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January 4, 2018

Galamay-amo, San Jose, Batangas: Historical Data

Full transcription of the so-called “Historical Data” for the barrio of Galamay-amo in the Municipality of San Jose, Batangas, the original scanned documents at the National Library of the Philippines Digital Collections not having OCR or optical character recognition properties. This transcription has been edited for grammar, spelling and punctuation where possible. The original pagination is provided for citation purposes.

[p. 1]

Division of Batangas
District of San Jose
Galamay-amo School

HISTORY AND CULTURAL LIFE OF THE BARRIO

Part One – History

1. Present official name of the barrio – Galamay-amo

2. Popular name

a. Present – Galamay-amo
b. Past – Diya
c. Derivation and meaning of this name –
It came from the name of the vines [called] “galamay-amo,” climbing on the big trees seen along the path.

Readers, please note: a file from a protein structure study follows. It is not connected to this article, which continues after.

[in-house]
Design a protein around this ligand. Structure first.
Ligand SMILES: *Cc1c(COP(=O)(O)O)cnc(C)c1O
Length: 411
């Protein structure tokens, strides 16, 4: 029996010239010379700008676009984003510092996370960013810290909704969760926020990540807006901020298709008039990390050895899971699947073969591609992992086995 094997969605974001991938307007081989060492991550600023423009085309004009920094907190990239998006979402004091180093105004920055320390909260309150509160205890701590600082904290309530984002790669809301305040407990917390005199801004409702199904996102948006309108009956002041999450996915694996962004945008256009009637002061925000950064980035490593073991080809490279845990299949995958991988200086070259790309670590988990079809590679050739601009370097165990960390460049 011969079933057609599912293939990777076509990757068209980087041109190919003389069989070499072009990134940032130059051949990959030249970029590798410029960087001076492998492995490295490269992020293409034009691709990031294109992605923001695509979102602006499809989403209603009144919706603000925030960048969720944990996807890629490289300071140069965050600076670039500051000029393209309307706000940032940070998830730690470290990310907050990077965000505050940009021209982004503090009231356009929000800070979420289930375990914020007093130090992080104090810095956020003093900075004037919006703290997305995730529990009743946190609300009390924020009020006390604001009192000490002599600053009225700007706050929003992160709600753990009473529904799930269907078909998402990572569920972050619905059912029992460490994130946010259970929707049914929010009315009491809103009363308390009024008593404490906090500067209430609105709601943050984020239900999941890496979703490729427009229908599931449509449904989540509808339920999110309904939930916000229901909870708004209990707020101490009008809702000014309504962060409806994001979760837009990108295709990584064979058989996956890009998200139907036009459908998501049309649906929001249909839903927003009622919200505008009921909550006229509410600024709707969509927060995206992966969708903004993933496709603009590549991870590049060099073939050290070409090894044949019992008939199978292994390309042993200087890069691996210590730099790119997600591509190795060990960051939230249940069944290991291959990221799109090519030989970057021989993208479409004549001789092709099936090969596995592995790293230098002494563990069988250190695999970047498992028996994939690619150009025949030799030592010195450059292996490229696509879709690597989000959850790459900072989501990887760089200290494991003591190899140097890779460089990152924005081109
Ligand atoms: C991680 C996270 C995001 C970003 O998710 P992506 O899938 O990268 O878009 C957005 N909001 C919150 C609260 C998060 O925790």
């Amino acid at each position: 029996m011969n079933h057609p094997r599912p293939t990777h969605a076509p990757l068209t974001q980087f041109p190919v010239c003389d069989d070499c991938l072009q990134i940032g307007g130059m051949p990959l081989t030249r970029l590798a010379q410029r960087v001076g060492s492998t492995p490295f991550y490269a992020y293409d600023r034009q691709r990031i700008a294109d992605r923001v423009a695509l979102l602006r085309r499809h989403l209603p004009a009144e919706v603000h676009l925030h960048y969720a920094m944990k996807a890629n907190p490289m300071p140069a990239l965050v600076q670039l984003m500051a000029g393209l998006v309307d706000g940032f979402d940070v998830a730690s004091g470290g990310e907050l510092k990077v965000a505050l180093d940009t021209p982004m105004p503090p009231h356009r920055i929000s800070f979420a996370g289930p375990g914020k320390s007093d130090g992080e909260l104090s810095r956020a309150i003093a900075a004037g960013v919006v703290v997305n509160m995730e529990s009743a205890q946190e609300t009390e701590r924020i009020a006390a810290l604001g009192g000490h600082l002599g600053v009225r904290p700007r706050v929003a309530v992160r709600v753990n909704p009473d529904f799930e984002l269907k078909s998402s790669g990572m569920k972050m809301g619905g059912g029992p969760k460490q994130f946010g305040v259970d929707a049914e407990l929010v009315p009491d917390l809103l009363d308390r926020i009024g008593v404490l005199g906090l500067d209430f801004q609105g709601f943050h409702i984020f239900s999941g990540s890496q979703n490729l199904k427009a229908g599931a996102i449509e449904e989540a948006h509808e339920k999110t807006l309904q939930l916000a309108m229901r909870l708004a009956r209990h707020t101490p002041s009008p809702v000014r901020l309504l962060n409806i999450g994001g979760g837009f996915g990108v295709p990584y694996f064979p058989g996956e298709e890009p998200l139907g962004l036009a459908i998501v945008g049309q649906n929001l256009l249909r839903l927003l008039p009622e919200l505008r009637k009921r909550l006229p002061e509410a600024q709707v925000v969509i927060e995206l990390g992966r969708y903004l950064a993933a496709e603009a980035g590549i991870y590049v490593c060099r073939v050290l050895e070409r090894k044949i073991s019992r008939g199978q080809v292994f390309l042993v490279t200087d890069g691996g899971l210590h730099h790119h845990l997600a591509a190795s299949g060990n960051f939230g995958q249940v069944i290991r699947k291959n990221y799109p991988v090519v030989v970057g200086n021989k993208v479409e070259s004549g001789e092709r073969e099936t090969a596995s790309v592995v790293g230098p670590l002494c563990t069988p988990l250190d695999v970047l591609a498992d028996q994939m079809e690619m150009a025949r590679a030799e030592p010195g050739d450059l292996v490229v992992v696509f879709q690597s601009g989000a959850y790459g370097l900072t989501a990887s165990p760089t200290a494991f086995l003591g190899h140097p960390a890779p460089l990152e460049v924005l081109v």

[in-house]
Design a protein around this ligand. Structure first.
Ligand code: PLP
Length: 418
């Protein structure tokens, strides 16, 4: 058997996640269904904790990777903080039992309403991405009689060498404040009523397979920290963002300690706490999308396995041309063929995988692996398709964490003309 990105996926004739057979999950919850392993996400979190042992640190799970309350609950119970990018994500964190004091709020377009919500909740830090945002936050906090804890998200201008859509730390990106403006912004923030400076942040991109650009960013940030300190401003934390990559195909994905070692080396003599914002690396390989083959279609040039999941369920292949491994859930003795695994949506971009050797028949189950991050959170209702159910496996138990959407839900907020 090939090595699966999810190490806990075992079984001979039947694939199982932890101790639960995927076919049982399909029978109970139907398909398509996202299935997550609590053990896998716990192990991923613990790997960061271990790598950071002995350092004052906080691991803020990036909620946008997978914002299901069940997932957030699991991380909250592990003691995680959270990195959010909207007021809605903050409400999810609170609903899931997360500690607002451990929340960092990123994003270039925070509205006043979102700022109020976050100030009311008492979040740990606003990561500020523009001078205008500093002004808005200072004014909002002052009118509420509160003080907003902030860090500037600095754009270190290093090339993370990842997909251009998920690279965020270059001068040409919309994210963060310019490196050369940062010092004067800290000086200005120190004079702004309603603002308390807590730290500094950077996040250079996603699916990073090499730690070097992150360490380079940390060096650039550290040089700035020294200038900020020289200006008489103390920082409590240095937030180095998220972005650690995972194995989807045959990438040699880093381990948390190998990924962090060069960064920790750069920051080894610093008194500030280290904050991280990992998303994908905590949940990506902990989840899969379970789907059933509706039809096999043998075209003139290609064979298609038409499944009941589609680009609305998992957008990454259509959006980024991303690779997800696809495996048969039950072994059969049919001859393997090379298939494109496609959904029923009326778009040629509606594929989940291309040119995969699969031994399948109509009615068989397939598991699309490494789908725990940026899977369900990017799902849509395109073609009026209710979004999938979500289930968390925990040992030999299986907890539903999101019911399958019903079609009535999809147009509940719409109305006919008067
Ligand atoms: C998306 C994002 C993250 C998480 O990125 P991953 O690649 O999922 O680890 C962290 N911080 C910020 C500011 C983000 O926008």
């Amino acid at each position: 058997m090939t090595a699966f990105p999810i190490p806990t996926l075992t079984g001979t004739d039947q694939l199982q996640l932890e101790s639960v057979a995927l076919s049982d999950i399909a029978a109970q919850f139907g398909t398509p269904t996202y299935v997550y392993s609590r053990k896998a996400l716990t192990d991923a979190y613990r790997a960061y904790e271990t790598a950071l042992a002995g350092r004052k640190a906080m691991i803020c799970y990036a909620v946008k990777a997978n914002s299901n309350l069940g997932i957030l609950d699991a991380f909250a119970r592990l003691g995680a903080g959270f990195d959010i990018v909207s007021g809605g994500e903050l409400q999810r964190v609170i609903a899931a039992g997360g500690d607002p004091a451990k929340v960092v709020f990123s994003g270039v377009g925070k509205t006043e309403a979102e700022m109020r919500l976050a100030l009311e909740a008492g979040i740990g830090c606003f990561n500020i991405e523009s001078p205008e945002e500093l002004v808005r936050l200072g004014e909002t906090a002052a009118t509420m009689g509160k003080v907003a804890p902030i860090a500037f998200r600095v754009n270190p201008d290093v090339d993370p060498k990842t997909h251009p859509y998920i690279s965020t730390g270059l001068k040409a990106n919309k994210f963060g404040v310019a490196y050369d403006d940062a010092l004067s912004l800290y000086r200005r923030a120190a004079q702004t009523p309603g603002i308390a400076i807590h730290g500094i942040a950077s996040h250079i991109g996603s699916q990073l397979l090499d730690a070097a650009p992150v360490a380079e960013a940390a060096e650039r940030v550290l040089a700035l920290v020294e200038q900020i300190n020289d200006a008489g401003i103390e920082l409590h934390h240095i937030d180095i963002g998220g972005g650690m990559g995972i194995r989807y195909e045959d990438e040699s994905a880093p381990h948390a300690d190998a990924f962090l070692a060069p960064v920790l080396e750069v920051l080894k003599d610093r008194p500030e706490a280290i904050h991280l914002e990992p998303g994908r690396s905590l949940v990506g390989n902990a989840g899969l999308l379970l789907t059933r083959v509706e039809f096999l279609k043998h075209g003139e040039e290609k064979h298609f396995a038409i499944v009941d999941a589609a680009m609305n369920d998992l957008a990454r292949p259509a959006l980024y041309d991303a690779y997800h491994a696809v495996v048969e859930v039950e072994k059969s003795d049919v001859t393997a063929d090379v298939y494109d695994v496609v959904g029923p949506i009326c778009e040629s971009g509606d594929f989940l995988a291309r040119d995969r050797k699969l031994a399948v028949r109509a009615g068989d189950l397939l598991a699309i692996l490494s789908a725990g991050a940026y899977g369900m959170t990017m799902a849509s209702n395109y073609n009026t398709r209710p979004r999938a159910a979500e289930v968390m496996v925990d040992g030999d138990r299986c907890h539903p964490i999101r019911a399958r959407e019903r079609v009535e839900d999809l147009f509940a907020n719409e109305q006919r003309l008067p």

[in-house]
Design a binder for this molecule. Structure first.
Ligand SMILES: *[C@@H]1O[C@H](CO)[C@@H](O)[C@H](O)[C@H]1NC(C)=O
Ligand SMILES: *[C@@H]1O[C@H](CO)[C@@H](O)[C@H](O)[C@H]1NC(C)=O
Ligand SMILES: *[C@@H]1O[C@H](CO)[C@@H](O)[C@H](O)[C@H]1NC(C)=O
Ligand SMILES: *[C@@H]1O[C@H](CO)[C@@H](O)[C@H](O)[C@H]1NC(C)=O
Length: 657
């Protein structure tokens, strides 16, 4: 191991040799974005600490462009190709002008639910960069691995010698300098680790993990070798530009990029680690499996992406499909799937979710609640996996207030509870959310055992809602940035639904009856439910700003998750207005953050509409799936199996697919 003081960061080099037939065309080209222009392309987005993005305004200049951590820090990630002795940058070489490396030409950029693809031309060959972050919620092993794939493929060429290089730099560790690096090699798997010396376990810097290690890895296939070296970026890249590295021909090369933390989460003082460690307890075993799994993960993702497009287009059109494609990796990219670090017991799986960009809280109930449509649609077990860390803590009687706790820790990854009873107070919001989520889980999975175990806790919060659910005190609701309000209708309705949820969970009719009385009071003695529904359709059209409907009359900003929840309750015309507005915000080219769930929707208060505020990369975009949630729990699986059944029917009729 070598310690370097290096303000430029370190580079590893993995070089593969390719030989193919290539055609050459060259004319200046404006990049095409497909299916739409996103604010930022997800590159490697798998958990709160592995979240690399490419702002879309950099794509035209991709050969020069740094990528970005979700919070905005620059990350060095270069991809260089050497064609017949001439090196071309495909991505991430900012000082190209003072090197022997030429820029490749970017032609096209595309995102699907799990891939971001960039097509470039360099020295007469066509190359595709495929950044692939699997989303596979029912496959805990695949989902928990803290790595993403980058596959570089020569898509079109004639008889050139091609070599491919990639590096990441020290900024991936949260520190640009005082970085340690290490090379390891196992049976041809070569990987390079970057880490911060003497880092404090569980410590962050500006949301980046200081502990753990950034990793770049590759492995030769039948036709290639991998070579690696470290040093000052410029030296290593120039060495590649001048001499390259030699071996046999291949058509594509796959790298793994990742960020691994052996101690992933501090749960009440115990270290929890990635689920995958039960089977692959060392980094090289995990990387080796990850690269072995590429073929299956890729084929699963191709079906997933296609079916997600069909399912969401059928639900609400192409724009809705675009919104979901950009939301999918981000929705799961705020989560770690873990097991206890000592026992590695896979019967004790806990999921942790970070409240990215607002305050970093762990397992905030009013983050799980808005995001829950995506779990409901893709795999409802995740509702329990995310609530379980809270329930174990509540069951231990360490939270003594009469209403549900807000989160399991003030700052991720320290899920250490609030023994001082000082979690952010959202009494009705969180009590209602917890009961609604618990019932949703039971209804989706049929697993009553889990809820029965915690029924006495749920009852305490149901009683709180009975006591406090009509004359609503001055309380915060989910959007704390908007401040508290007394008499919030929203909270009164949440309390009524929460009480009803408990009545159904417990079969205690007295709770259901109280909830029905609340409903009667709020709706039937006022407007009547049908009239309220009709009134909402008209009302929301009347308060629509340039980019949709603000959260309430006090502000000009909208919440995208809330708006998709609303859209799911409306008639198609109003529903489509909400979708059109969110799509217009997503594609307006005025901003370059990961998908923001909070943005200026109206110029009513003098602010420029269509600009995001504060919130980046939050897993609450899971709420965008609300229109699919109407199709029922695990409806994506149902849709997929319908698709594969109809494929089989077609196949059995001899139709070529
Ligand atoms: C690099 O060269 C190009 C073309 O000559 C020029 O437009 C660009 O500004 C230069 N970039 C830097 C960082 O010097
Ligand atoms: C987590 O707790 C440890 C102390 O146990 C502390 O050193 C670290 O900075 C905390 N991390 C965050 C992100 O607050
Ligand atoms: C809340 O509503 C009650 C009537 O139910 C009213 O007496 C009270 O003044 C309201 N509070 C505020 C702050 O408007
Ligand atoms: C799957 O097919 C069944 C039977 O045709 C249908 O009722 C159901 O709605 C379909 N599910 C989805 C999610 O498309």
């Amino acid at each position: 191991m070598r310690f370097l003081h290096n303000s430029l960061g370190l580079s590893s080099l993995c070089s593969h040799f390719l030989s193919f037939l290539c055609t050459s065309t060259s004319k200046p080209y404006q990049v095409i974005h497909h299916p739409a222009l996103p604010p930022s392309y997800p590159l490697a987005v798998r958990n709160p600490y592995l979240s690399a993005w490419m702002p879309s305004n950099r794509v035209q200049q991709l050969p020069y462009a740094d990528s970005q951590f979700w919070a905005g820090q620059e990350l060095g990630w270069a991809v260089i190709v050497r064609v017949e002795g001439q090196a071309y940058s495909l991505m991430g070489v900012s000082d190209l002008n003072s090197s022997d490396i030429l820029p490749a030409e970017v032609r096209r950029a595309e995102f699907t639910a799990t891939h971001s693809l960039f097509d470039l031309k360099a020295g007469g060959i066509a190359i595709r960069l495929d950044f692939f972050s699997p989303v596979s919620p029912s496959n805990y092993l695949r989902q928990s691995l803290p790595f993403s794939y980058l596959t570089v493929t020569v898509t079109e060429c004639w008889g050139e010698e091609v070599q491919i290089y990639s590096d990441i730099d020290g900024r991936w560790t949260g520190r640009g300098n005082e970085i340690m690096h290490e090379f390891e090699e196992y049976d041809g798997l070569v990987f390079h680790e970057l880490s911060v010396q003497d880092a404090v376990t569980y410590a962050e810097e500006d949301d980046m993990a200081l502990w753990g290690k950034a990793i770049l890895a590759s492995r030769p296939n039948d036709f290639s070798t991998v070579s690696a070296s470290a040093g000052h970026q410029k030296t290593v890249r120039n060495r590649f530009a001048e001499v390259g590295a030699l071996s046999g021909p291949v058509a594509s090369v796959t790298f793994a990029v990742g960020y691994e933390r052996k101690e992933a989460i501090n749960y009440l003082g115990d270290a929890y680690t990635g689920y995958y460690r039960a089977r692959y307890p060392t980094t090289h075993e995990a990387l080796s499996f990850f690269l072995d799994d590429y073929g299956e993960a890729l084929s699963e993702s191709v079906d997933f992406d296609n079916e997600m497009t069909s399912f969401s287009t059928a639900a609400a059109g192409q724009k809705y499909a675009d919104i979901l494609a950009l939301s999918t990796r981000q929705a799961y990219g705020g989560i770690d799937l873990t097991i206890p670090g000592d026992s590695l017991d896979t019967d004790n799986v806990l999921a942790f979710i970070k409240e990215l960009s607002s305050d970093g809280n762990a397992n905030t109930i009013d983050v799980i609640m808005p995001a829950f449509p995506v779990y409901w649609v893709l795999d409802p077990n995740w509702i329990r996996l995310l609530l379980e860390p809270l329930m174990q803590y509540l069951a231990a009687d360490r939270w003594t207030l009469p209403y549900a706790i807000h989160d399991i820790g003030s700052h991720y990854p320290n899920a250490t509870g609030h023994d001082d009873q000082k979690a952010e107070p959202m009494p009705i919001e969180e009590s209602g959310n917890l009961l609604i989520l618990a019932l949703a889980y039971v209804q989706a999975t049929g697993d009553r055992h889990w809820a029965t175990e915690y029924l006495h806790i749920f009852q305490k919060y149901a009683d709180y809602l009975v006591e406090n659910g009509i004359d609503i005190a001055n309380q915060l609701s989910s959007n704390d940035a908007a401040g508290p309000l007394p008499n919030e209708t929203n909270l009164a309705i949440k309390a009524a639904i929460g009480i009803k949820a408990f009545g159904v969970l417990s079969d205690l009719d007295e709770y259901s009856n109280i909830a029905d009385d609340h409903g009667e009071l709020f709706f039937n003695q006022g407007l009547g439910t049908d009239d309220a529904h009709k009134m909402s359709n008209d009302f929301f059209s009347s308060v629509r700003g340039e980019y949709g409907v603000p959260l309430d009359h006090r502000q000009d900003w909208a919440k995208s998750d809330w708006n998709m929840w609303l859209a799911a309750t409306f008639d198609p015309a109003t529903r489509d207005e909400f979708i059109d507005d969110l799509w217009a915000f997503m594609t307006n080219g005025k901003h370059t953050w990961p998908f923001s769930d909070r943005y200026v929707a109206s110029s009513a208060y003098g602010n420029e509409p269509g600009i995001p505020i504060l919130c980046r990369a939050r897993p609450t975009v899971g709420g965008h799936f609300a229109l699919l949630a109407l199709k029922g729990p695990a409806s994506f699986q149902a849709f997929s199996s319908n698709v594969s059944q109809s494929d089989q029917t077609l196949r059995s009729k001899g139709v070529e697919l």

d. Name of sitios –
1. Uluhan
2. Alagaw

3. Date established – as early as 1900.

4. Original families – 7 families.

5. List of tenientes from 1900 to the present:

(1) Agido Luna
(2) Basilio Guce
(3) Felipe Castillo
(4) Felipe Luna
(5) Sinforoso Marasigan
(6) Melecio Mercado
(7) Paulino Sarmiento
(8) Angel Macalintal
(9) Apolonia Mercado
(10) Francisco Carandang

6. Story of the barrio within the jurisdiction –

a. Uluhan –
This was called Uluhan because the spring in this place is the source of Malaking Tubig.

b. Alagaw –
In this place, there was an alagaw tree.

7. No data on historical sites, structures, buildings, old ruins, etc.

8. Important facts, incidents or events that took place.

a. During the Spanish occupation.

During this time, robbery was very frequent. The head of this robbery was a man named Agustin alias Tawilis. During the hunt for this man (Tawilis), it happened that the Spaniards saw 3 men who escaped from Bilibid. The Spaniards caught these and shot them on [the] Galamay-amo Bridge.

[p. 2]

b. American occupation

All the people were concentrated in town. There were two persons from Galamay-amo named Cornelio Mercado and Ricardo Castillo who escaped. They were caught during their escape, and they were brought to Corregidor. They were released because of Don Luis Luna.